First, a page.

February 3, 2009

Adobe Digital Editions updated

Adobe Digital Editions software enables you to view and manage your eBooks and other digital publications. You can use it to download (and purchase) digital content, which can be read both online and offline, transfer copy-protected eBooks from your PC to other computers or devices, and organize your eBooks into a custom library and annotate pages.
Digital Editions also supports industry-standard eBook formats, including PDF/A and EPUB. You can find a choice of free eBooks in the sample library. Check it out.

Did you know that you can create EPUB files directly from within Adobe InDesign? It's as simple as: File > Export for Digital Editions...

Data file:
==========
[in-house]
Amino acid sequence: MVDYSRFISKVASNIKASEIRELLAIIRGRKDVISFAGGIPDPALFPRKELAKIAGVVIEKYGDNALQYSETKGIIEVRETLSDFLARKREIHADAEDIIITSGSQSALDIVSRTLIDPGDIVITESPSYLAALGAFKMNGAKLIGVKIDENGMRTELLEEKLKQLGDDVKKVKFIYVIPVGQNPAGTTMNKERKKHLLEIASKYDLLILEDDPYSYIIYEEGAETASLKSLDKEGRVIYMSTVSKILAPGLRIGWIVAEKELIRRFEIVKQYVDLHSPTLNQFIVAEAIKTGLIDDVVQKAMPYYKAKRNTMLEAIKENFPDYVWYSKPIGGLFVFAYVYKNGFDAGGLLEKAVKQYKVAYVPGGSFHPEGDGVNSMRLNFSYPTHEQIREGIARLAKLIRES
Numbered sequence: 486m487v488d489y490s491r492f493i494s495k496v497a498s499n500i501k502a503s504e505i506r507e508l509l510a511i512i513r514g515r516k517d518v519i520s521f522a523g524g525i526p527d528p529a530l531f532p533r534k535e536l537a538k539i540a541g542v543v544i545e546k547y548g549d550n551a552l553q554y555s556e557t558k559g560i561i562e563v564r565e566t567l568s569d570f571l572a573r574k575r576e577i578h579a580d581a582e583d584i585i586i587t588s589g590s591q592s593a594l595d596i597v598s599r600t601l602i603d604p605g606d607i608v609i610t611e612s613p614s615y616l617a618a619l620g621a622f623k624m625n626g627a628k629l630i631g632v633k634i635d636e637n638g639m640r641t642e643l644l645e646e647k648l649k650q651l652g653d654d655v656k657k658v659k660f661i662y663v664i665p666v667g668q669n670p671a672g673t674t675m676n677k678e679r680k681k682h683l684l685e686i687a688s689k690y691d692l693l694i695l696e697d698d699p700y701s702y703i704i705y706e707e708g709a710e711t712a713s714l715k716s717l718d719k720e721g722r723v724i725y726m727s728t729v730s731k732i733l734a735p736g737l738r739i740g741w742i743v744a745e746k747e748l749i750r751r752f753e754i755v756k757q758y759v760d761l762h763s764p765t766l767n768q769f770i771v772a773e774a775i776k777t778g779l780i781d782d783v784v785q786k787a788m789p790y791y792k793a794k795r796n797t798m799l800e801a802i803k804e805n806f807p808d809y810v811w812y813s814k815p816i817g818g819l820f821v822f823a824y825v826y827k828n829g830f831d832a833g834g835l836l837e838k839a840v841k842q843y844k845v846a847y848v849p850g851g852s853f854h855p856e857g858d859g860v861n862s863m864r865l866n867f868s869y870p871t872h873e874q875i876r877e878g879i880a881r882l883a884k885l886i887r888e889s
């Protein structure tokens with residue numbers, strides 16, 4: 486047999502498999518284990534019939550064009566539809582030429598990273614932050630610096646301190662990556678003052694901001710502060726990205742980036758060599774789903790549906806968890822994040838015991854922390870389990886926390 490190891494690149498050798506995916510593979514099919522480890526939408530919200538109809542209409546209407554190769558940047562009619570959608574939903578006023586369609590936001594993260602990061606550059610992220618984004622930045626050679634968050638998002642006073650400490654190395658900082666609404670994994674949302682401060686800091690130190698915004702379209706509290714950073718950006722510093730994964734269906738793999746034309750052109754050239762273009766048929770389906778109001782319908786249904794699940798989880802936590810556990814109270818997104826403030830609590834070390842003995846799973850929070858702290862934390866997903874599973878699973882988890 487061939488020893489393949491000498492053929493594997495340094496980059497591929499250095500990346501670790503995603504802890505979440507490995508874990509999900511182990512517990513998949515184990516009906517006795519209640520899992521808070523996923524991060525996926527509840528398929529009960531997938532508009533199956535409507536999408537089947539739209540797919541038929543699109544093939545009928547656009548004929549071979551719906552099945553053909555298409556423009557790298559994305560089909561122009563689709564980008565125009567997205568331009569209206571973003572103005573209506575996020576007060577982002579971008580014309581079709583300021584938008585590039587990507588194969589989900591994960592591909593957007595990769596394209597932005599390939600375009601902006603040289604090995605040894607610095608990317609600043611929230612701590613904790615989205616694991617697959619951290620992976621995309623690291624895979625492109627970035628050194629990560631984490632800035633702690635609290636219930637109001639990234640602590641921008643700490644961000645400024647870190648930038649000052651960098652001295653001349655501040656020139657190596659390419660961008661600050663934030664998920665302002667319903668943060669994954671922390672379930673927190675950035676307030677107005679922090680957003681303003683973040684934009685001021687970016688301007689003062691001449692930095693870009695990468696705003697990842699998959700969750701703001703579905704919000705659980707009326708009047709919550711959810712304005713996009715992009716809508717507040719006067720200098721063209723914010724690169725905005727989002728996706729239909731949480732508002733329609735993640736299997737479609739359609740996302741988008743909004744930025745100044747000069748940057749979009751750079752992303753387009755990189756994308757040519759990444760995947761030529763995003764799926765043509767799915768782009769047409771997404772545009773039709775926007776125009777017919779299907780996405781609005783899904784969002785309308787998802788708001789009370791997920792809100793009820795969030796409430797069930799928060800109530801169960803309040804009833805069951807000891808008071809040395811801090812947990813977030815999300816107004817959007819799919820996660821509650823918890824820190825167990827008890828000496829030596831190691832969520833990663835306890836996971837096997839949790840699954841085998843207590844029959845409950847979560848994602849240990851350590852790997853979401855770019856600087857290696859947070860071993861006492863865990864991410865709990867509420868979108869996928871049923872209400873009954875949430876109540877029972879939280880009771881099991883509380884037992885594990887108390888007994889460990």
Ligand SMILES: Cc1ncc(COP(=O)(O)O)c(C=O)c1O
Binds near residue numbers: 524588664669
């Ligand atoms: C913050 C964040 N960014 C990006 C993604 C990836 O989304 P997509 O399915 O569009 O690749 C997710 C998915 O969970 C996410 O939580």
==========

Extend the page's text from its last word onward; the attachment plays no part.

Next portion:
Digital Editions 1.7 is now available in many languages: English, French, German, Italian, Spanish, Dutch, Brazilian Portuguese, Japanese, Korean, Chinese Simplified and Chinese Traditional. This update also allows IT professionals to deploy, maintain, and support Digital Editions across your organization.

Enjoy your eReading!